“A fortune-teller told me: ‘ Beware! You run a grave risk of dying in 1993. You mustn’t fly this year. Don’t fly, not even once.’” Lee  studied astrology for ten years, I wanted to test him and told him my date of birth. 23rd of January ’91. “Year of the Horse… Bullshit! You can fly as much as you want, whoever told you that is an idiot”. He makes some considerations about my future but felt like they were based on common sense rather than astrology: “Don’t do stupid things, don’t fight, don’t jump from cliffs. You can smoke, it won’t cause you cancer.” I lose interest and he is gets busy talking to other customers. I’m sitting on a big table with two girls from Canada, a Dutch guy and a German. The girls are English teachers in Seoul and travel around Asia in their time off. One of them went to Thailand and Cambodia and, as neatly as a teacher can be, writes on my diary the best earthbound itinerary. Secretly I hope that prophecy was made to me. I don’t have a return ticket and my mind unravels at the idea of travelling overland, I could go home by train, cross China and Russia on the trans-Siberian railway! For now, let’s stick to the present I tell to myself.

Half an hour later Lan comes back to me with a black folder with some random papers and a Chinese calendar. He starts jotting on a piece of paper with a black marker. He notes my date of birth and the eight elements and animals that correspond to it in two lines and four columns.

The future-teller
The future-teller

“Astrology aims at understanding how to obtain happiness in your life. Happiness is achieved through money and love. You are a water sign, weak water. Weak water can be a dripping, the water of a tap, a water spring, it can fill small containers easily and can be poured in small holes with precision. It’s the contrary of strong water, the ocean, the rainstorm. You were born in the year of the horse, an earth sign. You are a very strict with your choices, idealist, radical and essentialist. Once you make a choice there is no way to make you change your mind, you can be stubborn at times. If someone mistreats you and you decide not to forgive there is no way for that person to gain your trust again. You can be vindictive. Your are ‘hungry’ for elements of wood and fire, you can grow long hair and long beard and smoke does not harm you. You could work in a kitchen near the exhalation for example, and you won’t die in a fire. You have to abstain from element of metal and water. Beware of swimming, you could die drowning and don’t drink too much alcohol. Is not good for your body. Always try to keep slim. In the lines of animals there is a strong presence of a fire element. You will find a ‘small’ love in your twenties but don’t get married until you are 35. In that period of your life the fire element is absent and the marriage won’t work.” Lan indicates love with an upside down triangle. There are two big ones on my lifeline after 40, a small one in my young age and a crossed one before 40. What he calls marriage is actually living together, the stars don’t know bureaucracy. “If you wish to marry before your 35th birthday you should only do it under specific circumstances if you want your marriage to be successful it has to be: No same race marriage, Asian or African works better for you. Your wife shouldn’t be of your age, ideally twelve years younger or older. Don’t marry a ‘fresh’ woman, better if divorced of with living-together experience. Don’t marry a woman of the sign of the rat or of an element of earth. Fire is good for you, big fire even better.”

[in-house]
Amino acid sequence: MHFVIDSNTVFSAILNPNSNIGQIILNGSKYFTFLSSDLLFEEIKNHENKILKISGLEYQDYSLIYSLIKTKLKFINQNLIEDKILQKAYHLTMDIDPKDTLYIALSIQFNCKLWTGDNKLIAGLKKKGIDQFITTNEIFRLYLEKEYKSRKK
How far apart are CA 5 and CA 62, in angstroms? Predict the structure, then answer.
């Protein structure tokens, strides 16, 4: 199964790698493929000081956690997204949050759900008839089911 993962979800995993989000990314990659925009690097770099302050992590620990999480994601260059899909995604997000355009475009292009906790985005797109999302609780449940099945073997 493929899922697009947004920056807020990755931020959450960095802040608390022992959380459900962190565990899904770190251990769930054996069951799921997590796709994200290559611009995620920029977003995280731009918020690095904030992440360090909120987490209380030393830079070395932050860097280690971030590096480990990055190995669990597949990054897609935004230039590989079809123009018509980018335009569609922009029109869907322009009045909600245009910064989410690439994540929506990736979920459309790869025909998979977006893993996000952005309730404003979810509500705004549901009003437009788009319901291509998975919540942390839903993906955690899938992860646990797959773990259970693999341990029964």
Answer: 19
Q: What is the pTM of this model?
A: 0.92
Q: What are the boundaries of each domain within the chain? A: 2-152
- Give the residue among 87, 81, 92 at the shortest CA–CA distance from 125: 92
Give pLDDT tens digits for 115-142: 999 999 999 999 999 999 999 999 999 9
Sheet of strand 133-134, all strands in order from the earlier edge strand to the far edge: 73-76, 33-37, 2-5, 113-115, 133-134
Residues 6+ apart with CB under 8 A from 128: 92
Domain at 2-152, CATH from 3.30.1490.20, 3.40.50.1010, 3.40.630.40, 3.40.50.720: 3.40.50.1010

What to say, it’s easy enough to find some correspondences with my life. Especially in terms of love, I had relationships with same race women and didn’t work out very well. My actual girlfriend has Singhalese origins, a strong fire element but same age and ‘freshness’. Things are going pretty well between us, only distance makes us suffer at times.

The Canadian girl sitting next to me seems interested and wants to have a go. I buy Lan a beer to show some gratitude and tell the Canadian girl that she should do the same. I get back to my guesthouse at 3.20 in the morning, I jump in bed without taking a shower. Sticky and sweaty in fresh and clean linen, knowing that the day after I would have slept somewhere else.

Daily Life in Georgetown

A man and his motorbike
A man and his motorbike
Monnaliza
Monnaliza
Street Players
Street Players
Street vendor
Street vendor